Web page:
The main reason for the approximately six-hour crash of Facebook, Instagram and WhatsApp and other Facebook-owned services was a misconfiguration. The company says that all the services are now working properly.
“Our engineering teams say that configuration changes to the backbone routers that coordinate network traffic between data centers were the root cause of the problem,” – reads an official Facebook statement written by Santosh Janardhan, Facebook’s head of infrastructure. The disruption of network traffic paralyzed the exchange of information between data centers was to lead to the failure of Facebook, Instagram and WhatsApp worldwide.
Facebook crash – chronology of events
Facebook’s services stopped working at around 5:40 p.m. Polish time. Facebook, Instagram and WhatsApp crashed, as well as the world’s largest virtual reality platform, Oculus VR. Facebook’s hybrid work tools such as Workchat, Workplace and Workplace Rooms were also not working. The scale of the problems extended to Facebook mail, as well as the smart office system used by the giant. The problem at one point was so bad that some employees could not open doors locked with key cards.
By 00:00, most of the services and sites had been restored, but Facebook did not officially confirm until after 4:00 a.m. Polish time that all of its sites and platforms were working properly. The company stated that the user data of all its services is safe and there is no reason for concern. The New York Times’ sources confirm that this was not a cyber attack.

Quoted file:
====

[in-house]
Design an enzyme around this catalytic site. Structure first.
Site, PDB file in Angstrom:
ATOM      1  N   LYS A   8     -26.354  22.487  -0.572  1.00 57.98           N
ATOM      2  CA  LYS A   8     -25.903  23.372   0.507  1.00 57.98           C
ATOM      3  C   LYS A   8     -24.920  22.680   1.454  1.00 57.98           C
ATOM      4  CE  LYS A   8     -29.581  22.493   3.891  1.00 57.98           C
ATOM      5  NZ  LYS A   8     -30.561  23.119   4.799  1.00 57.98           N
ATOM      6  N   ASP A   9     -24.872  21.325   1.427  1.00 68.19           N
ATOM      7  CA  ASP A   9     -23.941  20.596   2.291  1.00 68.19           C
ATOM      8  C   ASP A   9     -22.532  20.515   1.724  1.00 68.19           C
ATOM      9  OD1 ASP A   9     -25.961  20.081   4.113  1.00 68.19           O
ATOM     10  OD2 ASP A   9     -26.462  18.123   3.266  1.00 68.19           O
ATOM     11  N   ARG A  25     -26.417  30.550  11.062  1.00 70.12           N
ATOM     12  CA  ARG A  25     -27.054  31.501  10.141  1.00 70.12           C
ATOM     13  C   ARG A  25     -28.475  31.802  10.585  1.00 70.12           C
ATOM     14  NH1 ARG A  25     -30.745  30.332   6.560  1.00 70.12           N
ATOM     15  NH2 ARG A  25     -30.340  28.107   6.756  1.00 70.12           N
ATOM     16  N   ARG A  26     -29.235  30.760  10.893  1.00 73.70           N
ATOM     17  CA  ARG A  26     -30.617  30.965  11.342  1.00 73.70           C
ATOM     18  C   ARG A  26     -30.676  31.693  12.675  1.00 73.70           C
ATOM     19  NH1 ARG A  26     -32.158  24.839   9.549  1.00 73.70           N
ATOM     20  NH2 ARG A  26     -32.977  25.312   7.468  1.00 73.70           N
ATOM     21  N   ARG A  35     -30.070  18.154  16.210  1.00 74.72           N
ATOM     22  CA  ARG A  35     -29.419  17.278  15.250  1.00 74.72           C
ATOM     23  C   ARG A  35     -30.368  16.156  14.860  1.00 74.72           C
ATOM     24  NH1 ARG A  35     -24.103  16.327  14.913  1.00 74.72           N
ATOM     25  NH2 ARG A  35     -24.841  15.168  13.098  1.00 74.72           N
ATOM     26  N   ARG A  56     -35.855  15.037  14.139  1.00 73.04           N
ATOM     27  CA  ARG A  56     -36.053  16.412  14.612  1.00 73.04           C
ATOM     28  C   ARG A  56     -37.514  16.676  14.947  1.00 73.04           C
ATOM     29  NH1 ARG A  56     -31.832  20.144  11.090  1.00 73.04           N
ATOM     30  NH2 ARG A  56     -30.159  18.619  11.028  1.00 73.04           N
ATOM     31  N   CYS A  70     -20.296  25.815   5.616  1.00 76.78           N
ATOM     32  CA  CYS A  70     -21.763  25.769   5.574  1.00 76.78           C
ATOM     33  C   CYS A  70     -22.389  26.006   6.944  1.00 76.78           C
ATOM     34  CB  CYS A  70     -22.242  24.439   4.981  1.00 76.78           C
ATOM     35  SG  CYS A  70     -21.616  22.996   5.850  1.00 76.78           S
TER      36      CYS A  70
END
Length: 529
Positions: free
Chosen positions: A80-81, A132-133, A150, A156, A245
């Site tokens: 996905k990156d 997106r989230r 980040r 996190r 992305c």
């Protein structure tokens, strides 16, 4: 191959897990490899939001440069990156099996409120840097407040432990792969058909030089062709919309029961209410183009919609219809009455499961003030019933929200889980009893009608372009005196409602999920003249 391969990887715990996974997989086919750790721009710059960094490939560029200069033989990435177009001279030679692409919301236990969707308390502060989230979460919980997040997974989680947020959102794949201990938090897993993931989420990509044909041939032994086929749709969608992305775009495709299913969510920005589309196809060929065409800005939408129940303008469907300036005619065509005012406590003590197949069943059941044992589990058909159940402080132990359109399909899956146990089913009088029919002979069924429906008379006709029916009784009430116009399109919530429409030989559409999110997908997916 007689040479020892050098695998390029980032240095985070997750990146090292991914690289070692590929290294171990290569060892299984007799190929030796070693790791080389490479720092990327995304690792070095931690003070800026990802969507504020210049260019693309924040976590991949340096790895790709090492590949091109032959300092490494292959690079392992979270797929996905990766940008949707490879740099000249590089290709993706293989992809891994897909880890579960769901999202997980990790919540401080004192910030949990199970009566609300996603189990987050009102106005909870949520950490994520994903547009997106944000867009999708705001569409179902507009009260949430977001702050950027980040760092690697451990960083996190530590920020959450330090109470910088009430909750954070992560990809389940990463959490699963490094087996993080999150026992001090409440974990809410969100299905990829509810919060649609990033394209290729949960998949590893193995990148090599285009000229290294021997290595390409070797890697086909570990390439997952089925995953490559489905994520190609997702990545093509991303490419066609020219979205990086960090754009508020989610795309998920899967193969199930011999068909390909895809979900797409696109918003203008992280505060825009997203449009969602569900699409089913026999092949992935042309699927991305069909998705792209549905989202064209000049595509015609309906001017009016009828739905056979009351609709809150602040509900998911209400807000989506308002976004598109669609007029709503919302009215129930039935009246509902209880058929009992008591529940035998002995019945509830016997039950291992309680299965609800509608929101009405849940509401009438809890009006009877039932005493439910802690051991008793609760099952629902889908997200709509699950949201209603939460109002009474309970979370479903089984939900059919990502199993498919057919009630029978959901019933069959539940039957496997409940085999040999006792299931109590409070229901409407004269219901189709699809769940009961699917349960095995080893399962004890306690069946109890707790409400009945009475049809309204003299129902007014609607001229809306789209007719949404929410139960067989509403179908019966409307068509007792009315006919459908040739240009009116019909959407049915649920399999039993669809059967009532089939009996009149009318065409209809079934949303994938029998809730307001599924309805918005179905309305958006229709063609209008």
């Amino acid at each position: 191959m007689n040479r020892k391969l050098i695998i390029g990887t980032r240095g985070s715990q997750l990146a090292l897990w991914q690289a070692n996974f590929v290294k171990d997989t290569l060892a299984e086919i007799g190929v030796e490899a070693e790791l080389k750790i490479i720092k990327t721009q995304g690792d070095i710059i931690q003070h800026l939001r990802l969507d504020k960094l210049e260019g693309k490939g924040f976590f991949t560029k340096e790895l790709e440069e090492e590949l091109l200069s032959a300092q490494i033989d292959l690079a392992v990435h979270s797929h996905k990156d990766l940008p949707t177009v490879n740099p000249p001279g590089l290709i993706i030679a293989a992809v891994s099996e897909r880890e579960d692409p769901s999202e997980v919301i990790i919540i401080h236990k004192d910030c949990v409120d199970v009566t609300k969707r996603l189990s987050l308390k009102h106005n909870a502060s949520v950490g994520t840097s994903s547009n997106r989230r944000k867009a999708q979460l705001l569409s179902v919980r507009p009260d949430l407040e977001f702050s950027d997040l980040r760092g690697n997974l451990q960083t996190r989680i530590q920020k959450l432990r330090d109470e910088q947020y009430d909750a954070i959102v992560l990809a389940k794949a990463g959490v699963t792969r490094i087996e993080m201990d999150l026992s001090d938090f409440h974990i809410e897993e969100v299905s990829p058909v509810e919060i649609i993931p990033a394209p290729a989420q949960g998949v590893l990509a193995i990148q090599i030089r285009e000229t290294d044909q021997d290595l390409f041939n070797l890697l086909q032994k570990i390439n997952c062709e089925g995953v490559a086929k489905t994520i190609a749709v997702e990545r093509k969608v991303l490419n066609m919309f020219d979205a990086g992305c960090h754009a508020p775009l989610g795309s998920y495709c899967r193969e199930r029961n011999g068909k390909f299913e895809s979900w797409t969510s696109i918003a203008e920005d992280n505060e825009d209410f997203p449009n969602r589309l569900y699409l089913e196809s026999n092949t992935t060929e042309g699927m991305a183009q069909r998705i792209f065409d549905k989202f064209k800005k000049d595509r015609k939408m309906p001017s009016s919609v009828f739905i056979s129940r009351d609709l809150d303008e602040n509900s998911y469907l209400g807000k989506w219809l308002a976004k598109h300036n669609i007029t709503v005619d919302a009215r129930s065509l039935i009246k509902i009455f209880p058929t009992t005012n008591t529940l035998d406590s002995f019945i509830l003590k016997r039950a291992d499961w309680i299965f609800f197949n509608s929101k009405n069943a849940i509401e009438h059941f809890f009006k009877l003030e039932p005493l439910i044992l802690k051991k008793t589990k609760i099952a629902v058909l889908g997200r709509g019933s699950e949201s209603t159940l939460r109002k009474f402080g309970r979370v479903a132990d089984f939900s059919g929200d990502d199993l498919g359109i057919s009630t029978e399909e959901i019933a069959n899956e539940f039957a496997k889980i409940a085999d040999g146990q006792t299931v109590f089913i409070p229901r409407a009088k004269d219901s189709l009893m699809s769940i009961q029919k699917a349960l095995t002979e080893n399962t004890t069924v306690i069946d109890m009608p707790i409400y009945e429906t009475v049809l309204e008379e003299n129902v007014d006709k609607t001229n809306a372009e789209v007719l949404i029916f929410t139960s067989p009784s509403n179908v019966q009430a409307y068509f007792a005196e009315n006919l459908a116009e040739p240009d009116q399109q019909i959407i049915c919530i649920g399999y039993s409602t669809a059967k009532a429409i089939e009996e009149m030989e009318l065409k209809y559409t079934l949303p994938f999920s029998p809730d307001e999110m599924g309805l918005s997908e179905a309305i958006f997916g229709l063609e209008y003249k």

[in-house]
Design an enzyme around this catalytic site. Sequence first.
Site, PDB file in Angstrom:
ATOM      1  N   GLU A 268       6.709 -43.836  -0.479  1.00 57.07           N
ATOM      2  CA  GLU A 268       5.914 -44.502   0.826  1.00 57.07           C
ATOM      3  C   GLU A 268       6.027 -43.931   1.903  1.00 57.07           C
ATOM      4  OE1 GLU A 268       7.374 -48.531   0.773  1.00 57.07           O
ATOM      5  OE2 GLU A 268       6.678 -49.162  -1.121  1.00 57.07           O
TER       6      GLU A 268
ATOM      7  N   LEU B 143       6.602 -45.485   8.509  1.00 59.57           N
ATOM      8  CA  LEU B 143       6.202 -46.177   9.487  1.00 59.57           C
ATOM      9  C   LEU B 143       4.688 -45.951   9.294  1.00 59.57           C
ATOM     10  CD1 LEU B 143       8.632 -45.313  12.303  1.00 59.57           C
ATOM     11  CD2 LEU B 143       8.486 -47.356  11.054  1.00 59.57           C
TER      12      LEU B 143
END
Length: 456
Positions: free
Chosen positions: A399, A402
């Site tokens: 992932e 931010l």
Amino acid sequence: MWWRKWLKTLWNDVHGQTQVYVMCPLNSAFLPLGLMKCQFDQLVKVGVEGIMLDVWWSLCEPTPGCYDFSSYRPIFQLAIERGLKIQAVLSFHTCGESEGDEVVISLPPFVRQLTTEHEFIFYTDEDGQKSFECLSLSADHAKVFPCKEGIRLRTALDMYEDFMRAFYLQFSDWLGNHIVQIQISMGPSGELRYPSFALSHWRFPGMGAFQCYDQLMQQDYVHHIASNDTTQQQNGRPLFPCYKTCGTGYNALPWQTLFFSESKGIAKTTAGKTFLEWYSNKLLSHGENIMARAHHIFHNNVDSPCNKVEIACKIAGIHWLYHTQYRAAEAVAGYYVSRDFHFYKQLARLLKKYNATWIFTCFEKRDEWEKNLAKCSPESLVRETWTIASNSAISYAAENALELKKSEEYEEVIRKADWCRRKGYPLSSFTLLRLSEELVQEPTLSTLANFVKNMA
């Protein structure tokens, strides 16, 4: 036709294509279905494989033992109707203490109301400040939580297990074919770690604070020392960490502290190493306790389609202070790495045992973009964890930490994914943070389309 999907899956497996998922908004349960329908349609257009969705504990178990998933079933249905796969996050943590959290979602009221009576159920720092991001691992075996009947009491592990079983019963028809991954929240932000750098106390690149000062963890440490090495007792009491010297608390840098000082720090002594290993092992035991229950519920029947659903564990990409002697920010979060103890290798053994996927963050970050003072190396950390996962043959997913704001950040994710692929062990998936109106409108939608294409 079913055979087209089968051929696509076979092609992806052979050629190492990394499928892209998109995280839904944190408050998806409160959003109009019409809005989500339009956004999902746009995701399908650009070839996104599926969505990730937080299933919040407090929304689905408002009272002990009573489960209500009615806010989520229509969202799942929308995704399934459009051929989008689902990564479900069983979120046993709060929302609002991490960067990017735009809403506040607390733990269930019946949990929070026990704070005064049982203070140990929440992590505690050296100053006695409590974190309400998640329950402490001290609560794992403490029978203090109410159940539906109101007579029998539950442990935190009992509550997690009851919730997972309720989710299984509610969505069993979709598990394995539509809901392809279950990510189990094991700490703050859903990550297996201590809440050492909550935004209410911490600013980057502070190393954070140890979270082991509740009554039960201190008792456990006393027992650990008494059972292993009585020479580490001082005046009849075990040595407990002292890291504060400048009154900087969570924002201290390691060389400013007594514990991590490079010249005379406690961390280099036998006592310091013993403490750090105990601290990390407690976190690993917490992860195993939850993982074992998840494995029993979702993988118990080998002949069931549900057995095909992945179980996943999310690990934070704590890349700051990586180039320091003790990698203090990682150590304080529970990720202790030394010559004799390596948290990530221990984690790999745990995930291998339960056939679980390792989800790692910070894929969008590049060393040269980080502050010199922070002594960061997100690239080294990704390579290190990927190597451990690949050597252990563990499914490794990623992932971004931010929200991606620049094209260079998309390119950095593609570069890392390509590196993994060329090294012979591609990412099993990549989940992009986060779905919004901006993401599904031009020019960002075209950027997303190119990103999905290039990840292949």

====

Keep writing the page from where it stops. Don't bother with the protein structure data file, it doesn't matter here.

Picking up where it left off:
“We apologize to everyone who was affected by the outage and are working to better understand what happened so we can make our infrastructure even more resilient,” the giant’s statement read.
During the problems Facebook and its sister sites, Internet users moved to Twitter and Signal messenger, among other services. Both platforms saw an increase in users and even, in the case of Twitter, minor technical issues. After the outage was fully resolved Monday night, representatives of Facebook-owned sites prepared an apology.
“To the vast community of people and businesses around the world who rely on us: we apologize. We’ve been working hard to restore access to our apps and services, and we’re happy to report that they are slowly coming back online. Thank you for your understanding,” reads a tweet on Facebook’s Twitter profile.
“We are back up and running at 100%. Thank you to everyone around the world today for your patience while our teams worked diligently to restore WhatsApp,” WhatsApp’s Twitter profile communicated after 4 a.m.
“We apologize for today’s disruption – I know how much you rely on our service to stay in touch with the people you care about,” – Facebook’s chief executive wrote last night.
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This biggest outage in the history of Facebook and its services could be another problem for Mark Zuckerberg. The lack of access to Facebook’s services led to a nearly 5 percent drop in the company’s share price on Wall Street. The value of the Facebook creator’s assets fell by about $7 billion, according to Bloomberg.
A day earlier on CBS the former Facebook employee openly criticized the actions of the portal. “What I’ve seen at Facebook over and over again is conflicts of interest between what’s good for people and what’s good for Facebook,” – Haugen said in an interview. “And time and time again Facebook has decided to act in terms of its own interests, like making more money,” – Frances Haugen, a former Facebook analyst, said in an interview with a reporter for the CBS television show “60 Minutes.”
On Tuesday, Haugen is scheduled to testify before the Senate Commerce subcommittee on Facebook – the global giant’s service outage certainly won’t help Zuckerberg and his company.